The Independent Commission for Equity in Cricket (ICEC) has called for immediate action to address what it has called a ‘deep-rooted sexist, racist, and elitist’ side of English cricket in its latest eyebrow-raising report.

Questioning some 4,000 players, coaches, support staff and fans, the report confirms that the problems it highlights have definitely not appeared recently, and that they spread across all levels of cricket in England. 

Comments were provided by the ICEC Chair, Hindy Butts, who was quoted as saying: “Our findings are unequivocal. Discrimination is both overt and baked into the structures and processes within cricket. The stark reality is cricket is not a game for everyone.

“Racism, class-based discrimination, elitism and sexism are widespread and deep rooted. The game must face up to the fact that it’s not banter or just a few bad apples.”

The England and Wales Cricket Board (ECB) has also published a statement reported on by the Guardian, where it admits failures to address the raised issues effectively, vowing to take action on 44 ICEC recommendations in the next three months in what it called “a seminal moment” for cricket.

Shocking evidence uncovered by the ICEC reveals that 87%  of all survey respondents with Pakistani and Bangladeshi backgrounds, as well as 82% of all people with Indian heritage and 75% of all respondents with African descent, have experienced discrimination at some point during their involvement with their favourite sport.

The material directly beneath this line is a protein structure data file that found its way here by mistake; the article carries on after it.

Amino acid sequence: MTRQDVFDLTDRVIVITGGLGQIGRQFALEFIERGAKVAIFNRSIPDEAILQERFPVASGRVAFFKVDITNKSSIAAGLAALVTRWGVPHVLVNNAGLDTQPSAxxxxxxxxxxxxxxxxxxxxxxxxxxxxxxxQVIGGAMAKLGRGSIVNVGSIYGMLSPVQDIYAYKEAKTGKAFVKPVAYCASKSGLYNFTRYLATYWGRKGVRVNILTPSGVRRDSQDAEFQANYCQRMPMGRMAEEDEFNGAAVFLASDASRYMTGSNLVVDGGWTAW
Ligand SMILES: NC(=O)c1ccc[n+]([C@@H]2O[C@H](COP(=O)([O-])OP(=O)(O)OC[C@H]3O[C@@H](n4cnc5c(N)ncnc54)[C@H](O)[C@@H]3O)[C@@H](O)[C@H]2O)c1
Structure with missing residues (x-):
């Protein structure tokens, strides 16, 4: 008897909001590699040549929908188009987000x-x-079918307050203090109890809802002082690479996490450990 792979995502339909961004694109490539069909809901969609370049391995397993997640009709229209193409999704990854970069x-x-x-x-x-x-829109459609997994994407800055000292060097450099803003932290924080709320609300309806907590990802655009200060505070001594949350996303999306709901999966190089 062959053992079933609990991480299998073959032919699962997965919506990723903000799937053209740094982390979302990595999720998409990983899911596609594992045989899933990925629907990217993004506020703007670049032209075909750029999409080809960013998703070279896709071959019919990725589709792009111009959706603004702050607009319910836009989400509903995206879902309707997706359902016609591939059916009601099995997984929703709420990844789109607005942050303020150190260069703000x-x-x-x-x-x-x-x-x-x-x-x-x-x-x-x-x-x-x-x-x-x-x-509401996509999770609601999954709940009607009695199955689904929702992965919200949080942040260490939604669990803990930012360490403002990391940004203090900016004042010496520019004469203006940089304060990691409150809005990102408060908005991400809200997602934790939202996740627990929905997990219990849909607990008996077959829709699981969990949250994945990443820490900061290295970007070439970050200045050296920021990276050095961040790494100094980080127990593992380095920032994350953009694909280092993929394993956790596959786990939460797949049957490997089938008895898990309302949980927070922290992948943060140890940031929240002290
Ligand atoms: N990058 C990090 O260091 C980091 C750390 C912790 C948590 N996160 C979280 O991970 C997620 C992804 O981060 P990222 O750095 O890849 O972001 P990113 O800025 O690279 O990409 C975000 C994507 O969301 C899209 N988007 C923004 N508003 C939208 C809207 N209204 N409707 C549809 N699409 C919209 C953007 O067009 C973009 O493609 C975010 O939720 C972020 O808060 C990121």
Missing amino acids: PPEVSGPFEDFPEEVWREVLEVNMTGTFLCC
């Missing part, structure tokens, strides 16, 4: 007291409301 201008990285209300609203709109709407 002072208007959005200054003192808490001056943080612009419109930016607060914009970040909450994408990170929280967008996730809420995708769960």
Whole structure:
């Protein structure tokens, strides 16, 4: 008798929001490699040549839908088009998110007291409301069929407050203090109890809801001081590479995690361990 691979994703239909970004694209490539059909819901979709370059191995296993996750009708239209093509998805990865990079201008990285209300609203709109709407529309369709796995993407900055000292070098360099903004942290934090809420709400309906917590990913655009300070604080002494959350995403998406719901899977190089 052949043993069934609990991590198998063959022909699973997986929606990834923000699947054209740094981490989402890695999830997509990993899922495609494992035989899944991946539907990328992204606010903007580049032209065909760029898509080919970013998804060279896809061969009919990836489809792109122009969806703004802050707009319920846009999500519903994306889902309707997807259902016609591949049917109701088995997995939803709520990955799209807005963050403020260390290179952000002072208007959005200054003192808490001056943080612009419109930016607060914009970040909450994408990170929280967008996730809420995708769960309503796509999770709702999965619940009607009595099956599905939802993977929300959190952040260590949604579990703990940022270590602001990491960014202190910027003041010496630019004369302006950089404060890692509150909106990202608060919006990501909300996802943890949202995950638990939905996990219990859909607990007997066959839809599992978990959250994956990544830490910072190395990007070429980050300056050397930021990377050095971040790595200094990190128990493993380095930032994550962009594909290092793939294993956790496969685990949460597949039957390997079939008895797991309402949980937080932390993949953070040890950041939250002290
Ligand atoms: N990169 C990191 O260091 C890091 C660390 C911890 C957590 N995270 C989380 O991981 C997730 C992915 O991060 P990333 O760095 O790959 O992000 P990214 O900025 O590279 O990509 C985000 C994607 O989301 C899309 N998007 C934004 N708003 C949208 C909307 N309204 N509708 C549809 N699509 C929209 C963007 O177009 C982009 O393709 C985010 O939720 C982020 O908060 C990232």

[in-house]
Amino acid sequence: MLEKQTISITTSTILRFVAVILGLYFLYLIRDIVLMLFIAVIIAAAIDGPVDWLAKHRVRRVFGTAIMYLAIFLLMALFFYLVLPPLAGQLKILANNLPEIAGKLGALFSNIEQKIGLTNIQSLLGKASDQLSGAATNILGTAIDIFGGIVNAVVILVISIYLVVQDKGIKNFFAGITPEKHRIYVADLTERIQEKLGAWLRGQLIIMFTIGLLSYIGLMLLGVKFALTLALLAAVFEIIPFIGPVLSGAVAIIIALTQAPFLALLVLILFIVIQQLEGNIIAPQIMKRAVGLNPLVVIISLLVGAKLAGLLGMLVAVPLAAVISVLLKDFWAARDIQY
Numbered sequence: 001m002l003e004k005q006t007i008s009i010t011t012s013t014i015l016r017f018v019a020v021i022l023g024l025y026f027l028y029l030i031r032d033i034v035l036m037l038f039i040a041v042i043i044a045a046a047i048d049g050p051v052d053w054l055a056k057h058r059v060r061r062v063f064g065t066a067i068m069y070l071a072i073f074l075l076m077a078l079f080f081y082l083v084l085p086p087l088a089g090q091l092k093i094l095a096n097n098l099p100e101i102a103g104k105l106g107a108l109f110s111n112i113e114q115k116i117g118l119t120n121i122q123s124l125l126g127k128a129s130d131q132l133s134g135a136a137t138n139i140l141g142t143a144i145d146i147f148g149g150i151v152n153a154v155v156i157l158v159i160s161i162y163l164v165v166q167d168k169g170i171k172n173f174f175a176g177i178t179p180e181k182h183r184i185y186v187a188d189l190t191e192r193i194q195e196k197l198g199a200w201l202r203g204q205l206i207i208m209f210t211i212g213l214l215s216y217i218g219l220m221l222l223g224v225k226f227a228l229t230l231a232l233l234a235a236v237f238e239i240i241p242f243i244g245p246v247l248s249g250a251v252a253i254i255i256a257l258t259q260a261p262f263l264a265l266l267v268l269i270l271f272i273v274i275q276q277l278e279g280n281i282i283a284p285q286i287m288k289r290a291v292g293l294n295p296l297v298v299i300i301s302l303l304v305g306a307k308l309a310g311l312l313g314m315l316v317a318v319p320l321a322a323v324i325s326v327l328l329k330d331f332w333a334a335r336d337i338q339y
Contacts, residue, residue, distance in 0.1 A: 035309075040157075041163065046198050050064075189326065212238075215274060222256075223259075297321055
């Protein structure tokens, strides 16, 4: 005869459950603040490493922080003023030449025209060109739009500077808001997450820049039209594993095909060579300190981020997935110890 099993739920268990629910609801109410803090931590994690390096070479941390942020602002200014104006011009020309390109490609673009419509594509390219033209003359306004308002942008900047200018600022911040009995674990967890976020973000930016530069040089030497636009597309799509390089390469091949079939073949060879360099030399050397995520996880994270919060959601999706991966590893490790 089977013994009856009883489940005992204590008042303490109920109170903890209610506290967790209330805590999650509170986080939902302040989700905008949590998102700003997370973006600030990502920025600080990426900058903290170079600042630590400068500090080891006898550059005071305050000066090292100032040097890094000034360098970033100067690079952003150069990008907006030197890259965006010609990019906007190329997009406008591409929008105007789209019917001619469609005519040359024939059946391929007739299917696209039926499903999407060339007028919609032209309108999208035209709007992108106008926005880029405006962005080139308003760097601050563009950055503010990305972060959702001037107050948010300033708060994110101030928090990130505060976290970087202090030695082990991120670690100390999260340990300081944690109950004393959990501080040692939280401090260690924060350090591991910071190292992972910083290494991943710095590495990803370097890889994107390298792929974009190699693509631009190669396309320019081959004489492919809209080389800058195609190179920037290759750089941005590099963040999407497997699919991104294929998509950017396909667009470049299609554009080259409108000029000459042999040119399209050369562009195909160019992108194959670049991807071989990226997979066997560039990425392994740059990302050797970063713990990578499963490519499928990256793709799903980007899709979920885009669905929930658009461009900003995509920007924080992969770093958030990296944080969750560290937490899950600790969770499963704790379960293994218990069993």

Misogyny also appears to be prevalent, with women in English cricket “frequently demeaned, stereotyped and treated as second-class” in what ICEC describes to be a round-the-clock marginalisation. 

Other instances of discrimination appear within children groups as well, with cricket seen more as a “private school” exclusive activity rather than a widely accessible sport. Some of the reported accidents include children from public schools being called “peasants” and being made fun of for their accents.  

“At the playing level, private school educated players are disproportionately represented, to a significant extent, in England’s national teams, both men and women, compared with the general population,” the report added. “Diversity of ethnic background has also decreased in the men’s professional game over the last 30 years, and has never been high in the women’s game.”

An apology was also given by ECB Chair Richard Thompson, who said: “Cricket should be a game for everyone, and we know that this has not always been the case.

“Powerful conclusions within the report also highlight that for too long women and black people were neglected. We are truly sorry for this. I am determined that this wake-up call for cricket in England and Wales should not be wasted.”

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